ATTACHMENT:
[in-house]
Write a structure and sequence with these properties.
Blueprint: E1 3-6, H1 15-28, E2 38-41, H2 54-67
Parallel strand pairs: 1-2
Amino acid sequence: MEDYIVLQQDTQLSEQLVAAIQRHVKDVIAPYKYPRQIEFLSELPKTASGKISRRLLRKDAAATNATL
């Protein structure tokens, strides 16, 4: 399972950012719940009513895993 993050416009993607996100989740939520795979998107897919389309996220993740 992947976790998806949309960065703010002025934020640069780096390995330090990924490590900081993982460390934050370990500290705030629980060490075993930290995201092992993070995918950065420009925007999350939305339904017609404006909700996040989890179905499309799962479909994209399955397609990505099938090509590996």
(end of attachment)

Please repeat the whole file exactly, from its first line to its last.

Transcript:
[in-house]
Write a structure and sequence with these properties.
Blueprint: E1 3-6, H1 15-28, E2 38-41, H2 54-67
Parallel strand pairs: 1-2
Amino acid sequence: MEDYIVLQQDTQLSEQLVAAIQRHVKDVIAPYKYPRQIEFLSELPKTASGKISRRLLRKDAAATNATL
């Protein structure tokens, strides 16, 4: 399972950012719940009513895993 993050416009993607996100989740939520795979998107897919389309996220993740 992947976790998806949309960065703010002025934020640069780096390995330090990924490590900081993982460390934050370990500290705030629980060490075993930290995201092992993070995918950065420009925007999350939305339904017609404006909700996040989890179905499309799962479909994209399955397609990505099938090509590996």